Another Kaplan-Meier was run using the same subgroups of percentage prescribed protein delivered. Kaplan-Meier curves (Fig. 5) suggested a substantially increased extubation rate in patients receiving > 90% of their protein needs; the cumulative probability of this group remaining ventilated at day 10 was 24%; probability was 56% in the group meeting 80–89.9%, and 69% in the patients who met < 80% of their protein requirements.
Log-rank test found significant differences in the distribution of extubation time between the 3 protein ranges, p = 0.012. Pairwise log-rank comparisons (Additional file 1: Table S8) were undertaken to compare ventilation distributions. Using a Bonferroni correction, with significance accepted at the p < 0.0167 level, there was a significant difference in ventilation distribution between the groups of patients receiving < 80% and ≥ 90% protein, p = 0.006.
The 75th centile is shown in Fig. 5 and Additional file 1: Table S8 and demonstrates the time by which 25% of patients were extubated: 25% of those receiving < 80% of protein were extubated by day 10, 95% CI [4.6–15.4], those receiving 80–89.9% by day 6, (SE not calculated), and > 90% by day 5, 95% CI [3.9–5.9].
Length of ICU stay
Kaplan-Meier (Fig. 6; Additional file 1: Table S6) with a log-rank test found no statistically significant difference in the LOICUS between groups, χ2 (1) = 0.815, p = 0.367. Adjusted Cox regression identified no significant predictors of discharge rate (Additional file 1: Table S7).
This prospective before-and-after study suggests volume-based feeding safely improved patients’ feed volume, energy and protein delivery, and that increasing protein delivery increased the rate of extubation, but these factors did not influence mortality or LOICUS.
Changes to delivery of feed volume, energy and protein
The percentage energy increase in the VBF group compares similarly to the VBF studies in other medical-surgical ICUs which improved delivery by 9.1–17% [8, 10,11,12]. The 8.6% protein increase achieved in the PERFECT study was exceeded in the Heyland et al. [10,11,12] PEPuP studies, with their improvements ranging from 11.3 to 14%, which is explained by the broad prescription of 24-g protein modules daily to patients, which were not used in the PERFECT study. In the PERFECT study, the increase in energy and protein delivery in the VBF group meant that patients in this group more closely met the ASPEN nutrition guideline recommendations targeted by the LHB-ICU, albeit protein targets were still not achieved in the cohort of patients with a BMI > 30 kg/m2. The achievement of 1.3 g of protein per kilogramme bodyweight in patients with a BMI < 29.9kg/m2 meets the minimum prescription recommended by the newly published European Society of Parenteral and Enteral Nutrition (ESPEN) ICU nutrition guidelines .
Like Taylor et al. , the small subgroup of surgical patients in the PERFECT study’s VBF group received significantly more energy and protein than the RBF group. These findings are unlike the surgical ICU study by Declercq et al. , who found no difference in energy or protein delivery using VBF, which was attributed to poor protocol compliance. Heyland et al. [11, 12] acknowledge that simply using a protocol may be insufficient to overcome individual unit cultural and systemic barriers. The PERFECT study utilised various system-level improvement techniques to facilitate adoption, such as identified project leadership, team coproduction, local adaptation, and staff education [53, 54]. Notably, the PERFECT study’s RBF group met over 85% of prescribed energy and protein needs, demonstrating the existing positive attitude to nutrition practice in the LHB-ICU, which likely fostered readiness to adopt the new approach.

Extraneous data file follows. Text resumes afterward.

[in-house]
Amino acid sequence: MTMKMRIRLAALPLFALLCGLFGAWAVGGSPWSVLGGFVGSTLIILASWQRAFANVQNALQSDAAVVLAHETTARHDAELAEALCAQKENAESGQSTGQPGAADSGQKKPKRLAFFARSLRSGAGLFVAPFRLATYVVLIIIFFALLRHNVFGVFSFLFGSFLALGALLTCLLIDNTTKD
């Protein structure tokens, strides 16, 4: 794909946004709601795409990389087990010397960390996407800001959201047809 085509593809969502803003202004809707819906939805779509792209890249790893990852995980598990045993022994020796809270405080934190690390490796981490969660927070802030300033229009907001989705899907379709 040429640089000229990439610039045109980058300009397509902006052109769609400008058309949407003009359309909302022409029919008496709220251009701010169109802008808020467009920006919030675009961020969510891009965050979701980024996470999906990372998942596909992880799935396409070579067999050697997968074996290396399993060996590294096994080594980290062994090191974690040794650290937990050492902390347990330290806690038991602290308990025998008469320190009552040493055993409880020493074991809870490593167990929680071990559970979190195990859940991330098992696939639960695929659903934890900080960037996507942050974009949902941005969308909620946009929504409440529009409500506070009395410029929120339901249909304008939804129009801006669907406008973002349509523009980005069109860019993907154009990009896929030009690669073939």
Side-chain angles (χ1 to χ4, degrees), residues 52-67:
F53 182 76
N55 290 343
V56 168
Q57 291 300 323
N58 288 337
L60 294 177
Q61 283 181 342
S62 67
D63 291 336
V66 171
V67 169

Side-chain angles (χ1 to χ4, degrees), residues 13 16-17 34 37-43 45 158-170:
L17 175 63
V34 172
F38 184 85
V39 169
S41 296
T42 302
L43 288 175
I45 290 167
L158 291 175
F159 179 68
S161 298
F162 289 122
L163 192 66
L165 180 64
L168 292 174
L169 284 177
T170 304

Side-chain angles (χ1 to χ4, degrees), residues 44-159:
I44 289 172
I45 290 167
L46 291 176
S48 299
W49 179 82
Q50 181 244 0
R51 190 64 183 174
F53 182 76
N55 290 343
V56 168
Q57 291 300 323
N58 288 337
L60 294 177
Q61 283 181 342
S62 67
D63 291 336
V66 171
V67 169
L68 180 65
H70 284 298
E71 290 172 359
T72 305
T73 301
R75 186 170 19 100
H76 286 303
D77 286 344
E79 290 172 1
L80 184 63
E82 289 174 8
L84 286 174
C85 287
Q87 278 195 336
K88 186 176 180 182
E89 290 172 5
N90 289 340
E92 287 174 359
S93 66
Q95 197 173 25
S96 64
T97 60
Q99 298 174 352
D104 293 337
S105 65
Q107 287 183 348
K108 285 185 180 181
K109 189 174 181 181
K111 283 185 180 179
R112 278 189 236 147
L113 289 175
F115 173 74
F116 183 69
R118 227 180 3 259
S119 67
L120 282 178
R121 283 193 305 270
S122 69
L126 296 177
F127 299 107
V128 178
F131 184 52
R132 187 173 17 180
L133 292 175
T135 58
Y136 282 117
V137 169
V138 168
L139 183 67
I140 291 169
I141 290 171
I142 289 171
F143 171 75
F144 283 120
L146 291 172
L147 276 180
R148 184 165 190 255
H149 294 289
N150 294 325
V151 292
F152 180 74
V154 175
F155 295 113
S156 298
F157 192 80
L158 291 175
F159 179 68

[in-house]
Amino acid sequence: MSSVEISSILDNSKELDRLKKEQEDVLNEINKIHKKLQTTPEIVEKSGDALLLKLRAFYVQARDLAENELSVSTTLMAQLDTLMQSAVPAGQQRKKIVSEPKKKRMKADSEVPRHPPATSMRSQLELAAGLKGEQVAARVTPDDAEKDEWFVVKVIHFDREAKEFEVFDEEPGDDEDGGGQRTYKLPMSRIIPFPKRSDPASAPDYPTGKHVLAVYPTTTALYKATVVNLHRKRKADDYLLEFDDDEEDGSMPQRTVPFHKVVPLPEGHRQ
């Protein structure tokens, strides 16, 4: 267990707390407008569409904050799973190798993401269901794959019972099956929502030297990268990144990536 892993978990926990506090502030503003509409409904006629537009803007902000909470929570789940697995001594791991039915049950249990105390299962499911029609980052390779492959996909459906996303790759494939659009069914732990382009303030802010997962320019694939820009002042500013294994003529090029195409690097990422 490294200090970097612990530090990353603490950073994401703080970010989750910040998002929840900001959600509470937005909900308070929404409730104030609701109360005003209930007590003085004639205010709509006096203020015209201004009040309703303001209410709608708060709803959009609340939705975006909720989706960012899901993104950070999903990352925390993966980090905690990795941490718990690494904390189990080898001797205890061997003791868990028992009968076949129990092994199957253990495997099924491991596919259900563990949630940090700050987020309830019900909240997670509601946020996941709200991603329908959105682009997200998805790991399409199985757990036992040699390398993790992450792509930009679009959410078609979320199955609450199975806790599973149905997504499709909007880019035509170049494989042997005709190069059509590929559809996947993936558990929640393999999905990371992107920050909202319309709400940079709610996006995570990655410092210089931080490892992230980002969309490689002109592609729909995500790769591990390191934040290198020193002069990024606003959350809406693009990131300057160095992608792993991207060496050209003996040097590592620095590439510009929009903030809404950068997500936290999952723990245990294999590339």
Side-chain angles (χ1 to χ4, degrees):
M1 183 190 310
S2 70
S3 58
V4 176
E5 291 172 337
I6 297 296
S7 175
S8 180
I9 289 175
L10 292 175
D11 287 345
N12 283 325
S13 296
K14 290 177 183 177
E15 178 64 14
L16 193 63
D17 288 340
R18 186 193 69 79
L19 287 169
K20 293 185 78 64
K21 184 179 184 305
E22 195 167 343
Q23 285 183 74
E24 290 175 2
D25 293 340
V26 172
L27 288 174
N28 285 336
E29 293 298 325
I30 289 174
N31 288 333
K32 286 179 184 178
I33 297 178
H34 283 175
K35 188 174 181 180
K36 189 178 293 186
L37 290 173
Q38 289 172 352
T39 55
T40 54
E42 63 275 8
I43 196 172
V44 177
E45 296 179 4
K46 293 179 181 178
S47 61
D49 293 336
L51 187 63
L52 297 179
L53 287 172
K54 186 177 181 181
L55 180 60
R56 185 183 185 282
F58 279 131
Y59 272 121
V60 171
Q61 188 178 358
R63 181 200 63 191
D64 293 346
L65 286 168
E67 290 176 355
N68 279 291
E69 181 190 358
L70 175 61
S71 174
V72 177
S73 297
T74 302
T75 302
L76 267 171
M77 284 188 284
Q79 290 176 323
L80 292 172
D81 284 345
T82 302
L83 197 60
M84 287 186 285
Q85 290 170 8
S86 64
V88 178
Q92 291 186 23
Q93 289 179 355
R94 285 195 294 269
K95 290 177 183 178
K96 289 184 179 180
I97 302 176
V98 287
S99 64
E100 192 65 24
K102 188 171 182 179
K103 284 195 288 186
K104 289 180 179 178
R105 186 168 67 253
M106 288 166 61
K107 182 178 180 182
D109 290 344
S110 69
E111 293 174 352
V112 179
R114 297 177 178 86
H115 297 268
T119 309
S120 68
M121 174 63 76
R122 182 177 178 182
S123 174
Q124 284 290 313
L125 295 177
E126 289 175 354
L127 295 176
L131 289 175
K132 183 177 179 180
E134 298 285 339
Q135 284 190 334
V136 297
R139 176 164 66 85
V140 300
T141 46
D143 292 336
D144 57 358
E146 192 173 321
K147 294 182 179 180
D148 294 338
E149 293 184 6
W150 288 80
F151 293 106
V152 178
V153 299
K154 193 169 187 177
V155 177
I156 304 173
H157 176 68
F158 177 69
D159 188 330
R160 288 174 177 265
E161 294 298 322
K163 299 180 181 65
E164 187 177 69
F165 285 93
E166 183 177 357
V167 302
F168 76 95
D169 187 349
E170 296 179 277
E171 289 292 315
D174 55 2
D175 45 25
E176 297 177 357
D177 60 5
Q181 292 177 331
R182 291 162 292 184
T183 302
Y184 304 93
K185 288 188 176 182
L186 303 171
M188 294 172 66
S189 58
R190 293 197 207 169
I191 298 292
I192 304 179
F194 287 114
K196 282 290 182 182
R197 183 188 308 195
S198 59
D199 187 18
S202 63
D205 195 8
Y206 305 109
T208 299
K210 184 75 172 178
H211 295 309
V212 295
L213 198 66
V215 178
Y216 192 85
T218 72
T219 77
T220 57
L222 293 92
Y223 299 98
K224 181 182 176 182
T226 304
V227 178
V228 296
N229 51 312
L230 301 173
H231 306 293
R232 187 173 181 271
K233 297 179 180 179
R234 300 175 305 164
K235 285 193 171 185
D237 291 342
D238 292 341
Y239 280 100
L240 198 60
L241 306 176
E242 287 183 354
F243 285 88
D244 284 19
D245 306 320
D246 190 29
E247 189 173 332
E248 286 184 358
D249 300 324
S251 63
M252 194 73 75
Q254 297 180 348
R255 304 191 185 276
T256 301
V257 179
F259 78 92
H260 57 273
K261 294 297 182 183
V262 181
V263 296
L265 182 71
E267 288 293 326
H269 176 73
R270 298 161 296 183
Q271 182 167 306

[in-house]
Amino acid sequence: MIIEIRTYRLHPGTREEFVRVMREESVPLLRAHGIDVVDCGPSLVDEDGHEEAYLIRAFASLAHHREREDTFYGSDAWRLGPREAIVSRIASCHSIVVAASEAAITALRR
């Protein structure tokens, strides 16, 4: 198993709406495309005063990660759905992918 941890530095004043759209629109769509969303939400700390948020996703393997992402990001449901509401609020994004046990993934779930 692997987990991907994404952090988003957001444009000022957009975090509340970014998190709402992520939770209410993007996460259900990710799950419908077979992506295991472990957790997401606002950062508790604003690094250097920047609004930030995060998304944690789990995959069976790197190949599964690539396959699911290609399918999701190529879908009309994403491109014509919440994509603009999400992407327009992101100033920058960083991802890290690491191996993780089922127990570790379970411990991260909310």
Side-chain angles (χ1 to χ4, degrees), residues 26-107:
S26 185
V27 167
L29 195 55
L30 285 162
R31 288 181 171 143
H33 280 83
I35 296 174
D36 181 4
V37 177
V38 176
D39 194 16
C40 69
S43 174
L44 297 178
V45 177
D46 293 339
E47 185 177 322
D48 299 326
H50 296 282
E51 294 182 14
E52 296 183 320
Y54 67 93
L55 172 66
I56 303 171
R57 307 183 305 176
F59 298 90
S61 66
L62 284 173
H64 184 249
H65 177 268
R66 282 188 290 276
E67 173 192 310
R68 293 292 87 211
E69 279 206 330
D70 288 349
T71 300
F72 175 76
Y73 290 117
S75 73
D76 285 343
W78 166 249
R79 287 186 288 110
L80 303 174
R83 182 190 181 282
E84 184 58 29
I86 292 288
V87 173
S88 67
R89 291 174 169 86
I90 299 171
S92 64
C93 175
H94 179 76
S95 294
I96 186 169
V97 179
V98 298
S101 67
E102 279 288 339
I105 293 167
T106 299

There was no difference between the RBF and VBF groups in patients experiencing diarrhoea. Taylor et al.  reported the number of patients with diarrhoea significantly increased in their VBF group, which was attributed to large (400 ml) intragastric feed boluses not used in the PERFECT study.
Analysis found that each additional 1% of feed volume delivered was associated with a significantly decreased odds of vomiting. This is physiologically conceivable given normal gastric retention and emptying processes [43, 55] and is supported by others’ work [9, 10, 56, 57].
Neither mean morning blood glucose (BG) levels nor insulin prescription was predicted by increased energy delivery or being in either group, and BG levels were maintained under 10 mmol/L as per current recommendations . Obesity is independently characterised by insulin-resistance, which can be exacerbated by the added metabolic complexities of critical illness [58, 59]. Although benefits remain to be confirmed [52, 59], hypocaloric, high protein feeding is proposed to minimise the metabolic consequences of over-feeding in obese patients, plus preserve nitrogen balance and lean mass [52, 58,59,60]. This approach is recommended by ASPEN  and was used in the PERFECT study for this patient cohort. Managing the energy requirements of overweight critically ill patients has not yet been addressed by research . We note with interest that ESPEN  have very recently recommended a more conservative approach to prescribing energy in patients with a BMI > 25 kg/m2. In the PERFECT study, BMI did not predict elevated blood glucose or insulin requirements, suggesting our relatively conservative approach to energy prescription mitigated risk.